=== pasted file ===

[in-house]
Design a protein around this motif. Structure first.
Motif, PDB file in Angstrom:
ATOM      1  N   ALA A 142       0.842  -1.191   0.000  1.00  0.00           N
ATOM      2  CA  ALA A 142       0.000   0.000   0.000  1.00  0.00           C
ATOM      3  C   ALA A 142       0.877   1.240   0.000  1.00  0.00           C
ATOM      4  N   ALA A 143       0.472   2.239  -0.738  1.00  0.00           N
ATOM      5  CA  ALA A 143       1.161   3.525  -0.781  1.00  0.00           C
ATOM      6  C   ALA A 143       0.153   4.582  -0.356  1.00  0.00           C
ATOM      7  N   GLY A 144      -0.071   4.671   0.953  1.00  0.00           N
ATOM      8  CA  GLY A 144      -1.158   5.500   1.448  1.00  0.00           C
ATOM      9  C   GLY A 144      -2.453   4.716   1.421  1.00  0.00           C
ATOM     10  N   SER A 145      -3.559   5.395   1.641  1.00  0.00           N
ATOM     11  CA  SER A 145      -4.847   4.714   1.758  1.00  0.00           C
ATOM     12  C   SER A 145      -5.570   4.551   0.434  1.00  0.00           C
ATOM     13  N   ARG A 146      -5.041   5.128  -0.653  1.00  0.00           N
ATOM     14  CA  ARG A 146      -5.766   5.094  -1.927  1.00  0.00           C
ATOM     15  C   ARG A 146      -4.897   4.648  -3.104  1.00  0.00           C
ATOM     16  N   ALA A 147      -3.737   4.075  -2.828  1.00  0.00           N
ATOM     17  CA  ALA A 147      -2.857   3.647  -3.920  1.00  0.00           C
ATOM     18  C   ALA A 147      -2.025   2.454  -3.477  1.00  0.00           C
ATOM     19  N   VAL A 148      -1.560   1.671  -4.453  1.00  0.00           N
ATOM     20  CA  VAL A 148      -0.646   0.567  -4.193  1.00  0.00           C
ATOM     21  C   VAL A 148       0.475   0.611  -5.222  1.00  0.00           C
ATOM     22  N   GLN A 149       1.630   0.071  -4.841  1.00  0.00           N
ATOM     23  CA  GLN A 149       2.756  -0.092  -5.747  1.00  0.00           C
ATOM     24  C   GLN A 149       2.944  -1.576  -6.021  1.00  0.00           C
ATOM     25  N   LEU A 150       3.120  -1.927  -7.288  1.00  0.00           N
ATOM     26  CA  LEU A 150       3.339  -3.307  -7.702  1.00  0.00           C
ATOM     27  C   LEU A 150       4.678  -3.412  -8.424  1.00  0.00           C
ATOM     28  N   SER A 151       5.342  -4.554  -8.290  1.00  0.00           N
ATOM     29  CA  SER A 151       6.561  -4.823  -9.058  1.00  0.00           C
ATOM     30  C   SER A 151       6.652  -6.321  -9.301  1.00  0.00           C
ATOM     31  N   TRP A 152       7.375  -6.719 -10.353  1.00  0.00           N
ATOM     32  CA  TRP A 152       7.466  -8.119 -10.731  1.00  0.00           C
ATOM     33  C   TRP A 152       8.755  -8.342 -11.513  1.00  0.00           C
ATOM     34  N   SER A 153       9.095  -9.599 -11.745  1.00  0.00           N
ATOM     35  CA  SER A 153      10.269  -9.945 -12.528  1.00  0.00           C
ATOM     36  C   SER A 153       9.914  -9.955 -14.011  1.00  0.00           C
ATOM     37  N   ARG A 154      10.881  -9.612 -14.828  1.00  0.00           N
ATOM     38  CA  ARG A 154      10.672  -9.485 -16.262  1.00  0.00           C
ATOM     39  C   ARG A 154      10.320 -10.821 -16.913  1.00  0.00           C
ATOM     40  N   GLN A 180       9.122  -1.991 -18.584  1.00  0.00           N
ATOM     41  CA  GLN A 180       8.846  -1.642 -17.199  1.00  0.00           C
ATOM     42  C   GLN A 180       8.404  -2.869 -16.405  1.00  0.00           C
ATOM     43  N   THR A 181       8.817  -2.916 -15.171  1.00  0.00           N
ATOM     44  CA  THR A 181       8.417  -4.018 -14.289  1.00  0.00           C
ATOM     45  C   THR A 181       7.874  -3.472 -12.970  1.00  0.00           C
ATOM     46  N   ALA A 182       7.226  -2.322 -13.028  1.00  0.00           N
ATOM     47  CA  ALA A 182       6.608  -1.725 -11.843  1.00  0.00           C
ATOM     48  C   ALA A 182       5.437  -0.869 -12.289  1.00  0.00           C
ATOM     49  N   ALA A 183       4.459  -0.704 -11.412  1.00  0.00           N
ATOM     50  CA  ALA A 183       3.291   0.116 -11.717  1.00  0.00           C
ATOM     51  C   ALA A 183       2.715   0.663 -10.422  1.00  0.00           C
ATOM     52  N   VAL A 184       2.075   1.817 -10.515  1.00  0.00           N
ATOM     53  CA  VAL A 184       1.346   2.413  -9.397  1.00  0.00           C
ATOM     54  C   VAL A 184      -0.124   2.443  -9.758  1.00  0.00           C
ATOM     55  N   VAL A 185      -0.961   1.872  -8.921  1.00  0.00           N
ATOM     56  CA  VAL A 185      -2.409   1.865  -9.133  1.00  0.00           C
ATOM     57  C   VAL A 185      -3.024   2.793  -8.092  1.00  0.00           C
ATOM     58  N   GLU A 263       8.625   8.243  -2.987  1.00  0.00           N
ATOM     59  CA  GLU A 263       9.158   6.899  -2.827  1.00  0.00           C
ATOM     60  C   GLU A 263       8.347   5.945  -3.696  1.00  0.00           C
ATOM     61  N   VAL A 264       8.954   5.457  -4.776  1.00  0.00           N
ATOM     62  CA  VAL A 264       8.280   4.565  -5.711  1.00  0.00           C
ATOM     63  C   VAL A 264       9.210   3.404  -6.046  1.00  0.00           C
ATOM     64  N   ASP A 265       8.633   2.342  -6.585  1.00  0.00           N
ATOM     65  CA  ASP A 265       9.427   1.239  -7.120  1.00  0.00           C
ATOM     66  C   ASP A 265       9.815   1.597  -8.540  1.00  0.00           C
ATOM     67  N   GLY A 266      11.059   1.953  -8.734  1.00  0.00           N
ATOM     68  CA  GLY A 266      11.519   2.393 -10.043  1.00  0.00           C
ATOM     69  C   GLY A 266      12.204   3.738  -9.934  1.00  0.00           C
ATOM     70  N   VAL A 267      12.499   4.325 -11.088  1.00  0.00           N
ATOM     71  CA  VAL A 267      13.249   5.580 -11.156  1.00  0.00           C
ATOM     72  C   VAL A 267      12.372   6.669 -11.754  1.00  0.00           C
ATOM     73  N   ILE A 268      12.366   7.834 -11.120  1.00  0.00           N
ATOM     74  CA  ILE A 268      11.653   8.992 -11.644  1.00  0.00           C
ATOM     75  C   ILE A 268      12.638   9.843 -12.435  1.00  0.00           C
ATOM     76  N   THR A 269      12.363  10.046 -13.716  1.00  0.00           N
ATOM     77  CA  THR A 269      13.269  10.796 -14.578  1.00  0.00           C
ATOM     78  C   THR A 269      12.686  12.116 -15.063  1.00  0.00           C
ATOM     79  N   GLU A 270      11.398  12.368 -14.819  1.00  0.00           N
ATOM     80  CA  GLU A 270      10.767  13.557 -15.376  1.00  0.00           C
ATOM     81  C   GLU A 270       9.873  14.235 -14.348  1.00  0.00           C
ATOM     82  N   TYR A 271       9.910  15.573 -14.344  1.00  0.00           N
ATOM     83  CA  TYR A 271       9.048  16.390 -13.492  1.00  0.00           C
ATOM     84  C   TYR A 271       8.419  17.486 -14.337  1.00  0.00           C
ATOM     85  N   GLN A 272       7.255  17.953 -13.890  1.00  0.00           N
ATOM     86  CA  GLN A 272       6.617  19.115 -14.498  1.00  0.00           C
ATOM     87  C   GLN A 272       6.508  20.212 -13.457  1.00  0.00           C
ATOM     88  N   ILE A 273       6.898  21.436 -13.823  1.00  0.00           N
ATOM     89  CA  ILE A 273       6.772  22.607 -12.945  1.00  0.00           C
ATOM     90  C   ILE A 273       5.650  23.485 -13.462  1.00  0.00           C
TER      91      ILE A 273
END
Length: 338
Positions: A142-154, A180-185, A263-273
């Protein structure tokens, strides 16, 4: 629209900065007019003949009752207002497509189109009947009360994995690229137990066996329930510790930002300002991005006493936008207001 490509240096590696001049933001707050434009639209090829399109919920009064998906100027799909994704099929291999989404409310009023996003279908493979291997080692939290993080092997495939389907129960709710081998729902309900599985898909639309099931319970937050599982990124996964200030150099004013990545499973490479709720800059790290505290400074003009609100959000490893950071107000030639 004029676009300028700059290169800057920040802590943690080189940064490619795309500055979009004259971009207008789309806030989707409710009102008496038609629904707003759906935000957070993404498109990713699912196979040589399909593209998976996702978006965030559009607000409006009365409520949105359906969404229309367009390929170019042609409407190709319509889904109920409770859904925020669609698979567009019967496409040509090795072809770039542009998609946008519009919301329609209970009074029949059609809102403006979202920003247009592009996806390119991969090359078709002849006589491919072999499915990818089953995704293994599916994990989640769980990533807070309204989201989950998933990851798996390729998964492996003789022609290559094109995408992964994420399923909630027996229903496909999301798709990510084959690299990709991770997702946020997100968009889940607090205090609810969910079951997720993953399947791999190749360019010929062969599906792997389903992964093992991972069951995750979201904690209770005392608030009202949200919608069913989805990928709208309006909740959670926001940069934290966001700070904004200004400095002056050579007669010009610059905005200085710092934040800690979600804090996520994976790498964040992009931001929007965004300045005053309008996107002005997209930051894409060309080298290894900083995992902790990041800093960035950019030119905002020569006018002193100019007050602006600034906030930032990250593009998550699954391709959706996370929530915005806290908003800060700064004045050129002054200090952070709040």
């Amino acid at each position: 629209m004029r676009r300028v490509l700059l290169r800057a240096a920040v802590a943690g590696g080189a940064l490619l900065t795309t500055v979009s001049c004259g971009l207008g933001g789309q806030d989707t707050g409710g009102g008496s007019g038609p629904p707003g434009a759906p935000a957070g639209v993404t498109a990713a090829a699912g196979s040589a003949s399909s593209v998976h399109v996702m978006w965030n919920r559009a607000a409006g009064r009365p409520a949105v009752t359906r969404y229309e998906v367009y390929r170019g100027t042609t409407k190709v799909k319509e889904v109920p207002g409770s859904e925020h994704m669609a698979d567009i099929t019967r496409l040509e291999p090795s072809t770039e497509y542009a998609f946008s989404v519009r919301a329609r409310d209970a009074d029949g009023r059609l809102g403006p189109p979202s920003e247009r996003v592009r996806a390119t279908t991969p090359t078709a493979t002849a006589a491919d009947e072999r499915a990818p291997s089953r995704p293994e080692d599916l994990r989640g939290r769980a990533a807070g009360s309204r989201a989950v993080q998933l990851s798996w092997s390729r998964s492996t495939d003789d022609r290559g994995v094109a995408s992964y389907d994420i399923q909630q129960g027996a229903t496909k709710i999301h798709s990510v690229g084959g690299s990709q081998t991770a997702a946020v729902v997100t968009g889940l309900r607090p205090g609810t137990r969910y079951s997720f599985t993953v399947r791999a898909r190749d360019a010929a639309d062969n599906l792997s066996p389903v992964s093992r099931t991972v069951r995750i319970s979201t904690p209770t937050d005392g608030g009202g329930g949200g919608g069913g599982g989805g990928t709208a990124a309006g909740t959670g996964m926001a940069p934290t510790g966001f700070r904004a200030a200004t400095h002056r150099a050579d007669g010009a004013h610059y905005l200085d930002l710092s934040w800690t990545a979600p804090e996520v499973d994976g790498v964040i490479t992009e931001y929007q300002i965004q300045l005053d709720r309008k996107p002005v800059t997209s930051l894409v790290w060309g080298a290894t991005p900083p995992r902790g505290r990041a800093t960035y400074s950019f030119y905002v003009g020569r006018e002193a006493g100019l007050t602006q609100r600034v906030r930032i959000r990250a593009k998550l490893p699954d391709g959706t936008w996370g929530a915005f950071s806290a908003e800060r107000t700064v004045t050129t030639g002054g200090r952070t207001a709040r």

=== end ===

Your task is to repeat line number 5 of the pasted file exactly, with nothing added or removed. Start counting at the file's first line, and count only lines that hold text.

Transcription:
ATOM      2  CA  ALA A 142       0.000   0.000   0.000  1.00  0.00           C